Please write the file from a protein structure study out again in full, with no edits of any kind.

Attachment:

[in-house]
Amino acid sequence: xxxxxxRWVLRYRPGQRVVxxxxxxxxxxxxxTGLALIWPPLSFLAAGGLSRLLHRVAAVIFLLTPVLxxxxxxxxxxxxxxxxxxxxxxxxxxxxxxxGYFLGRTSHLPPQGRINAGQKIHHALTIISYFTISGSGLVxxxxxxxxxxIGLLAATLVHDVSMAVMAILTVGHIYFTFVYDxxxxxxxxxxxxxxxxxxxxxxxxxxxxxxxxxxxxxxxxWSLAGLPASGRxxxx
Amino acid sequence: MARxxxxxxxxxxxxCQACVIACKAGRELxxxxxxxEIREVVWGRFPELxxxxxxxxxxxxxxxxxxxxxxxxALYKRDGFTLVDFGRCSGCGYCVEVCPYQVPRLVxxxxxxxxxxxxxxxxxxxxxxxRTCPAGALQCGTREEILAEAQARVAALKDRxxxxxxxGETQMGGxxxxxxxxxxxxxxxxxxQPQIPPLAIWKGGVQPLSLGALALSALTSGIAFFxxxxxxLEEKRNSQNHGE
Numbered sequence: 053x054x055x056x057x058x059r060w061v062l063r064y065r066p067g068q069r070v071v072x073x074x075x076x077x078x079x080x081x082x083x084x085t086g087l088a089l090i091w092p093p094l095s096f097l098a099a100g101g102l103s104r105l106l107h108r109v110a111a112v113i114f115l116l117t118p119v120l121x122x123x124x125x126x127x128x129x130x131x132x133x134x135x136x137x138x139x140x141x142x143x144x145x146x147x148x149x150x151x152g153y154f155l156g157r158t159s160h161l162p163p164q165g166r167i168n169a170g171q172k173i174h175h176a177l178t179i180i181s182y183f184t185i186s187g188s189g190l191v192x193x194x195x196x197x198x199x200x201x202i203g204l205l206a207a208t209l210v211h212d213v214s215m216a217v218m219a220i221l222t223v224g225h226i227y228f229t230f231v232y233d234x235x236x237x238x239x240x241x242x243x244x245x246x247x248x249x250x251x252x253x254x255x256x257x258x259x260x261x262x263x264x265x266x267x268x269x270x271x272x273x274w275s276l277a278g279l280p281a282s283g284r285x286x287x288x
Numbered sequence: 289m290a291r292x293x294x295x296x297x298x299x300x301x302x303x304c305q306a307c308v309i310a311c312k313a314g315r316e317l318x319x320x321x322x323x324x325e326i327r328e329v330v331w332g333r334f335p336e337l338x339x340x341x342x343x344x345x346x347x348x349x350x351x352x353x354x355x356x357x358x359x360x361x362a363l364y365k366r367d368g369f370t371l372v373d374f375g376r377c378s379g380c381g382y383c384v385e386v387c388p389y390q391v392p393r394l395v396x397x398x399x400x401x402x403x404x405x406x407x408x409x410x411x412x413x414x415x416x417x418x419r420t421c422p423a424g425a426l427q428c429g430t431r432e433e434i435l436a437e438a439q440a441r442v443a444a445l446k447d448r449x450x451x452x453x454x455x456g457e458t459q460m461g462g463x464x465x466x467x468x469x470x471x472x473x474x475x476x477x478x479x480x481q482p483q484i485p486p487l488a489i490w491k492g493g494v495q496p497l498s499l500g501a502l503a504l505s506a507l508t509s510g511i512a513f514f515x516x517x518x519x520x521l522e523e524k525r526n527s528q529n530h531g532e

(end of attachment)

[in-house]
Amino acid sequence: xxxxxxRWVLRYRPGQRVVxxxxxxxxxxxxxTGLALIWPPLSFLAAGGLSRLLHRVAAVIFLLTPVLxxxxxxxxxxxxxxxxxxxxxxxxxxxxxxxGYFLGRTSHLPPQGRINAGQKIHHALTIISYFTISGSGLVxxxxxxxxxxIGLLAATLVHDVSMAVMAILTVGHIYFTFVYDxxxxxxxxxxxxxxxxxxxxxxxxxxxxxxxxxxxxxxxxWSLAGLPASGRxxxx
Amino acid sequence: MARxxxxxxxxxxxxCQACVIACKAGRELxxxxxxxEIREVVWGRFPELxxxxxxxxxxxxxxxxxxxxxxxxALYKRDGFTLVDFGRCSGCGYCVEVCPYQVPRLVxxxxxxxxxxxxxxxxxxxxxxxRTCPAGALQCGTREEILAEAQARVAALKDRxxxxxxxGETQMGGxxxxxxxxxxxxxxxxxxQPQIPPLAIWKGGVQPLSLGALALSALTSGIAFFxxxxxxLEEKRNSQNHGE
Numbered sequence: 053x054x055x056x057x058x059r060w061v062l063r064y065r066p067g068q069r070v071v072x073x074x075x076x077x078x079x080x081x082x083x084x085t086g087l088a089l090i091w092p093p094l095s096f097l098a099a100g101g102l103s104r105l106l107h108r109v110a111a112v113i114f115l116l117t118p119v120l121x122x123x124x125x126x127x128x129x130x131x132x133x134x135x136x137x138x139x140x141x142x143x144x145x146x147x148x149x150x151x152g153y154f155l156g157r158t159s160h161l162p163p164q165g166r167i168n169a170g171q172k173i174h175h176a177l178t179i180i181s182y183f184t185i186s187g188s189g190l191v192x193x194x195x196x197x198x199x200x201x202i203g204l205l206a207a208t209l210v211h212d213v214s215m216a217v218m219a220i221l222t223v224g225h226i227y228f229t230f231v232y233d234x235x236x237x238x239x240x241x242x243x244x245x246x247x248x249x250x251x252x253x254x255x256x257x258x259x260x261x262x263x264x265x266x267x268x269x270x271x272x273x274w275s276l277a278g279l280p281a282s283g284r285x286x287x288x
Numbered sequence: 289m290a291r292x293x294x295x296x297x298x299x300x301x302x303x304c305q306a307c308v309i310a311c312k313a314g315r316e317l318x319x320x321x322x323x324x325e326i327r328e329v330v331w332g333r334f335p336e337l338x339x340x341x342x343x344x345x346x347x348x349x350x351x352x353x354x355x356x357x358x359x360x361x362a363l364y365k366r367d368g369f370t371l372v373d374f375g376r377c378s379g380c381g382y383c384v385e386v387c388p389y390q391v392p393r394l395v396x397x398x399x400x401x402x403x404x405x406x407x408x409x410x411x412x413x414x415x416x417x418x419r420t421c422p423a424g425a426l427q428c429g430t431r432e433e434i435l436a437e438a439q440a441r442v443a444a445l446k447d448r449x450x451x452x453x454x455x456g457e458t459q460m461g462g463x464x465x466x467x468x469x470x471x472x473x474x475x476x477x478x479x480x481q482p483q484i485p486p487l488a489i490w491k492g493g494v495q496p497l498s499l500g501a502l503a504l505s506a507l508t509s510g511i512a513f514f515x516x517x518x519x520x521l522e523e524k525r526n527s528q529n530h531g532e